Tuesday, November 27, 2007

Fun Fearless Female Award

Lisa Scottoline has something I want. Not her legal career, not her writing career, not her millions of fans, not her paycheck. No, what I want is an award Lisa won called The Fun Fearless Female Award (from Cosmopolitan magazine). I am one of those things—female—but I truly aspire to be the other two. What could be more ... well, fun, than being recognized for being fun? I try, really I do, but life does tend to interfere in the form of bills, housecleaning, child maintenance, and other not-always-fun obligations. When you're a kid, fun is a priority. As we grow older, though, do we minimize the importance of fun? I wonder. And fearless! Who would not like to be a little more fearless. Let those bills slide! Let the house stay a mess! Play hooky from work! Let the kids fend for themselves, or watch TV all day! Live a little more fearlessly. Well, anyway, The Fun Fearless Female Award sounds a lot more impressive to me than, say, Employee of the Month. I could go google The Fun Fearless Female Award and see what it's really for, but I think that would ruin my fun fantasy. So I shall remain fearlessly in the dark.


Monday, November 26, 2007

The thrill is NOT gone

One thing that almost always disappoints me is the lack of thrills in most thrillers. The reading shelf in my office (and there really is a reading shelf, where most of the books that are sent to us by publishers sit waiting for an editor to grab them) is usually piled high with manuscripts being touted as the latest great thriller by so-and-so, or a debut thriller by somebody-or-other that’s even better than the latest great thriller by so-and-so. But when I read them, I remain sadly thrill-free. And a thrill-less thriller is a little like hot ice cream: it just doesn’t get the job done.

So when I initially read Linwood Barclay’s No Time for Goodbye, I will admit I wasn’t expecting anything. After all, I’d never heard of him, and he was just one more thriller writer highly touted by his publisher. And then—whoa, Nellie! I started reading this book—and I don’t say this as hype or exaggeration—and I simply could not put it down. It was unique, it was exciting, it was nonstop, it was funny, it had great characters, it kept me guessing. I was blown away. When I was finished, I wrote a report on it for my colleagues saying, simply, don’t read this report: read the book! I say the same to you: don’t read this blog, read the book!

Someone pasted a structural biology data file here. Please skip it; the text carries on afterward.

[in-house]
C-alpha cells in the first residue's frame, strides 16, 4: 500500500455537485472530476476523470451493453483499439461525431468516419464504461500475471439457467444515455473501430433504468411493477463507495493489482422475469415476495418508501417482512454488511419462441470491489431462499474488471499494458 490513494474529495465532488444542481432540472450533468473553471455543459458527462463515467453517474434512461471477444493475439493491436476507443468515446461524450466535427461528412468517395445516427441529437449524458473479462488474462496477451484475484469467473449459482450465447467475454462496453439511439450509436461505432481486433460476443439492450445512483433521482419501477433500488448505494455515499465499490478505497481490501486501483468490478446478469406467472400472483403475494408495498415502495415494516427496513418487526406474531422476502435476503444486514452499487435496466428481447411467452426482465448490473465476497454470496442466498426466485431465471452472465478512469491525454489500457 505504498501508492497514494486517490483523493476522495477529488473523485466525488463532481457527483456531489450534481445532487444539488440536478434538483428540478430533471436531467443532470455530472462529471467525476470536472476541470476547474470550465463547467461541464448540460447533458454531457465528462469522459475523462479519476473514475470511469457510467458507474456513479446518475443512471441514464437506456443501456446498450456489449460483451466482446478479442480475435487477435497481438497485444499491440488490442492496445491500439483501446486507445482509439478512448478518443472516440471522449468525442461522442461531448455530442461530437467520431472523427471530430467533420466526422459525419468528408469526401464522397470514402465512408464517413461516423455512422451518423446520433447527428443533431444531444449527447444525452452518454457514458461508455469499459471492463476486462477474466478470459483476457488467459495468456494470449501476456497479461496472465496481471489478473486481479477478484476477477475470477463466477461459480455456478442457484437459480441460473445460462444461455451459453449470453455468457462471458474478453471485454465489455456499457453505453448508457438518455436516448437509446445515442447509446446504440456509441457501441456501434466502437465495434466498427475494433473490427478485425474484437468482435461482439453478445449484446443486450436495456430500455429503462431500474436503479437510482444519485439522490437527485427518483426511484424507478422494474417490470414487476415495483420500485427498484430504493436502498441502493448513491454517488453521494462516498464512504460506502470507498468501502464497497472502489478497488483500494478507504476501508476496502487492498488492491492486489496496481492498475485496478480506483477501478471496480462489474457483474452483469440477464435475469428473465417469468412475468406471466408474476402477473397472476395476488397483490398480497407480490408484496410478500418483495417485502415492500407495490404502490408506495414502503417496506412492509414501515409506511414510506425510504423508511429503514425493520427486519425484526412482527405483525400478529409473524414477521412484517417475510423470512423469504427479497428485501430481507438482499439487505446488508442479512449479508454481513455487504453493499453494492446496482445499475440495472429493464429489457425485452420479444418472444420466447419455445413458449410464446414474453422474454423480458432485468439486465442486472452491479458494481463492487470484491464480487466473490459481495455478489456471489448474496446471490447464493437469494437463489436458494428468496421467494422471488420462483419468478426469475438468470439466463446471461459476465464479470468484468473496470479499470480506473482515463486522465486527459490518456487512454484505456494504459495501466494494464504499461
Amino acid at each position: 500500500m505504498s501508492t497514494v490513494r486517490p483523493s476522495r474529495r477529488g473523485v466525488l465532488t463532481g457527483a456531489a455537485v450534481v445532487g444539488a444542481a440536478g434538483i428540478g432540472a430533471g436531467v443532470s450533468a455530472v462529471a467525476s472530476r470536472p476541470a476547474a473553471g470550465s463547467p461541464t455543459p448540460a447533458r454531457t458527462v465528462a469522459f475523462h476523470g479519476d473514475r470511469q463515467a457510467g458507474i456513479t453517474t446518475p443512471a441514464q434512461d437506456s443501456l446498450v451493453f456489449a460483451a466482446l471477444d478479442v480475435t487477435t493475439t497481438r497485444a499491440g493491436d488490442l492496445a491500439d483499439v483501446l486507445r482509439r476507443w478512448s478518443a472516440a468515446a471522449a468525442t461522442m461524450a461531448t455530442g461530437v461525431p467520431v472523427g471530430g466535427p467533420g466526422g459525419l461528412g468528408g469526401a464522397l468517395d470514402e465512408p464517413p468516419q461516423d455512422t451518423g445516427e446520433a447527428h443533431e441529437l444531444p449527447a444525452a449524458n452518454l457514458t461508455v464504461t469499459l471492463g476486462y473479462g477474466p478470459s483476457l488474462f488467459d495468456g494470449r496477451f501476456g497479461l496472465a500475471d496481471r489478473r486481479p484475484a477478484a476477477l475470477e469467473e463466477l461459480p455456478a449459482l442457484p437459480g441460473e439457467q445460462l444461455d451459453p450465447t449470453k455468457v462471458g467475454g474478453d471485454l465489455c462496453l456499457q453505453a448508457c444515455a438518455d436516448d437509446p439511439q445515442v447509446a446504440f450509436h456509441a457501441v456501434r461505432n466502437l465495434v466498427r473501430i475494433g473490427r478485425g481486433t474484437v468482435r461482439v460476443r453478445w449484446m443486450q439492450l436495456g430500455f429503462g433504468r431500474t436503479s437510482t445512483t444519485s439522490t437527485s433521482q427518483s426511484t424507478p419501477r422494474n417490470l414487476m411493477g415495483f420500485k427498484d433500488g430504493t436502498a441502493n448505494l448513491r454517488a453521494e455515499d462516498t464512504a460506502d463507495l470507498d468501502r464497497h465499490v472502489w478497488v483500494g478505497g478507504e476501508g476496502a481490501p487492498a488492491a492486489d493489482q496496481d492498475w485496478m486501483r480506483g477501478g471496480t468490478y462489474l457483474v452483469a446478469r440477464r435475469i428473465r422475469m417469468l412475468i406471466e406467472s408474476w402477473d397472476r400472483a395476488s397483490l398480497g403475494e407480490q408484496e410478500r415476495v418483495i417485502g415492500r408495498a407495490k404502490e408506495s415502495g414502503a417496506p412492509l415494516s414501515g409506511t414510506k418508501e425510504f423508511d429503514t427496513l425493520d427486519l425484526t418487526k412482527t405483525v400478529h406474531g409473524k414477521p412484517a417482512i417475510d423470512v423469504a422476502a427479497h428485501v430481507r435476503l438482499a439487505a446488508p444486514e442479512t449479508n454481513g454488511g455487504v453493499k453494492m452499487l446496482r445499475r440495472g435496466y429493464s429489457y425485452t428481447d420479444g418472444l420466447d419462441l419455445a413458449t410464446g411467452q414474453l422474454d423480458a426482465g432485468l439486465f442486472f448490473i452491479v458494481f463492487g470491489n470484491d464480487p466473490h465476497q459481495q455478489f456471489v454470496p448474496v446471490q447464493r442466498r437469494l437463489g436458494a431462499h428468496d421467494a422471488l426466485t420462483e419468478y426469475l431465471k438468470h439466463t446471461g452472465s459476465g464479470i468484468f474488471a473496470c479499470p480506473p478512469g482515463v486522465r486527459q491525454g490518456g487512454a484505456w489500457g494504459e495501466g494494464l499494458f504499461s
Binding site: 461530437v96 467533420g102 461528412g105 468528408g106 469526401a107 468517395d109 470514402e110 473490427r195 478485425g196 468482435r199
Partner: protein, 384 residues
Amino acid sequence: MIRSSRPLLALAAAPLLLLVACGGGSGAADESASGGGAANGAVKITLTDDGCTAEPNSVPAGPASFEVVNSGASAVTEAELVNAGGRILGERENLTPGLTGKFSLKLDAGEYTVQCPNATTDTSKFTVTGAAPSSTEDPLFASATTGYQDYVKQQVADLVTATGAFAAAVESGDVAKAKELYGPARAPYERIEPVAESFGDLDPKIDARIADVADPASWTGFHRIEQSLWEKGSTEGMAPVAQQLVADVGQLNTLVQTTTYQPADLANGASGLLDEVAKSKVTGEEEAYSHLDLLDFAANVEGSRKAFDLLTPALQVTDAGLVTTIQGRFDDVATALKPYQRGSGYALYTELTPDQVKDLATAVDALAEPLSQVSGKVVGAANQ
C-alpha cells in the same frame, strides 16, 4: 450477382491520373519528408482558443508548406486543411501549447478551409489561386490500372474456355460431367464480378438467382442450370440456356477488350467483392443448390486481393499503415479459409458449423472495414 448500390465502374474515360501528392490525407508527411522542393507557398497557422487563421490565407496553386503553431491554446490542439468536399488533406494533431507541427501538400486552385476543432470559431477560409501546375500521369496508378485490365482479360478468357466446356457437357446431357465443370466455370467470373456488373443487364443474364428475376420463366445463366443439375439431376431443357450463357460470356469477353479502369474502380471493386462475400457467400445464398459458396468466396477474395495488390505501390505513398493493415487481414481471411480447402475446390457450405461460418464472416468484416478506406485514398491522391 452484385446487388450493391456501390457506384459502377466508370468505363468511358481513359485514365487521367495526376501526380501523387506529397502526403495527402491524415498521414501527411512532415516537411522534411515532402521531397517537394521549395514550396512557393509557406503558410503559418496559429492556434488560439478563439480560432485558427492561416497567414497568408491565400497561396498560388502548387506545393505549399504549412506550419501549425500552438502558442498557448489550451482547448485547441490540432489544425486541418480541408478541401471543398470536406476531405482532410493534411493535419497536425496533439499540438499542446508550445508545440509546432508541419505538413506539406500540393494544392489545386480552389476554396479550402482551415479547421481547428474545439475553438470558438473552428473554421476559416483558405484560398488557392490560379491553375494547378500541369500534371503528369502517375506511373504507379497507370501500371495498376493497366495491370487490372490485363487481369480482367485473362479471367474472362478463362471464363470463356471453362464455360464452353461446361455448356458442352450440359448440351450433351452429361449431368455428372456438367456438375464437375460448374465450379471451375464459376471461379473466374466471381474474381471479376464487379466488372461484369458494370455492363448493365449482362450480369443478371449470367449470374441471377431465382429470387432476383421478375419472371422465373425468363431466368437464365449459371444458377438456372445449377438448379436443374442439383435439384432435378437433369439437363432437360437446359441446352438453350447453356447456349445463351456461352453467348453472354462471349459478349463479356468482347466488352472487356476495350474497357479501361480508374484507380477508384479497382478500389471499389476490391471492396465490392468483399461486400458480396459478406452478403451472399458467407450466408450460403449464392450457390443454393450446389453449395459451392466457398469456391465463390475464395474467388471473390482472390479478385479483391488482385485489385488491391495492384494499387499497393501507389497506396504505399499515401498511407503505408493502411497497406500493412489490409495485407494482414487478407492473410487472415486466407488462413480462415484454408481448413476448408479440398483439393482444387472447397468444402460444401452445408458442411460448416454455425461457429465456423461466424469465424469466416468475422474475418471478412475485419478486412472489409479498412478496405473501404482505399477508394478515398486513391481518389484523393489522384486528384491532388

I only wish more thrillers did the job the way this one does. It's in the current volume of Select Editions. Let us know what you think.


Friday, November 23, 2007

Bonus points

I always enjoy learning things. That’s why I’m a book editor, I guess. You can’t help learning things from good books, especially from well textured fiction like Thunder Bay by William Kent Krueger in the current Select Editions, which threads fascinating background elements that really enrich the experience of the story.

We call these bonus treats—the parts that inform while you’re being entertained—“plusses.” In Thunder Bay, there are many of these plusses. But the two that stand out for me are (1) the detailed and often breathtaking evocation of the Canadian wilderness; and (2) Indian lore. Native American life and history are, of course, endlessly fascinating.

Krueger’s description of an Ojibwa medicine man made me want to learn more about the tribe, also called Chippewa, and its related group, the Algonquin. One of my very favorite books when I was growing up was A Pictorial History of the American Indian (1956) by the noted anthropologist and author of the 1930 Pulitzer Prize winning novel Laughing Boy, Oliver La Farge. This weekend I’m going to rummage around in my many boxes of books at home—there are never enough shelves in a book editor’s house—and retrieve that fine reference and see what La Farge wrote about the Ojibwa.

Another informative, fun novel in this vein is Steve Hamilton’s Blood Is the Sky (2004). Similar to Thunder Bay, this suspenseful mystery/adventure (featured in Volume 6, 2004 of Select Editions) is set in Michigan and Canada and features life on the rez—in this case, the Bay Mills Indian Community located on Michigan’s Upper Peninsula. This naturally calls to mind Tony Hillerman's novels. His literate, best-selling mysteries set in New Mexico celebrate Navajo culture. Still another favorite is Hal Borland's When the Legend’s Die. Set out west in rodeo country, it was first published in 1963, and depicts the American Indian experience with sympathy and unforgettable drama. It is well worth a read, or many reads, for that matter.

If you have any special favorites like these let us know! We can start a book-club list..


Wednesday, November 21, 2007

Booking for the holiday

The Great American Feast is upon us. And for a lot of us this means not only a long-anticipated meal with family and friends, but also copious hours of travel and some jealously guarded quality downtime over the long weekend. What better way to while away time in-flight or pre-security check at an airport than to tote a good book? Ditto for your post-Turkey quiet hours. Here are three charming American food memoirs I recommend just for this purpose.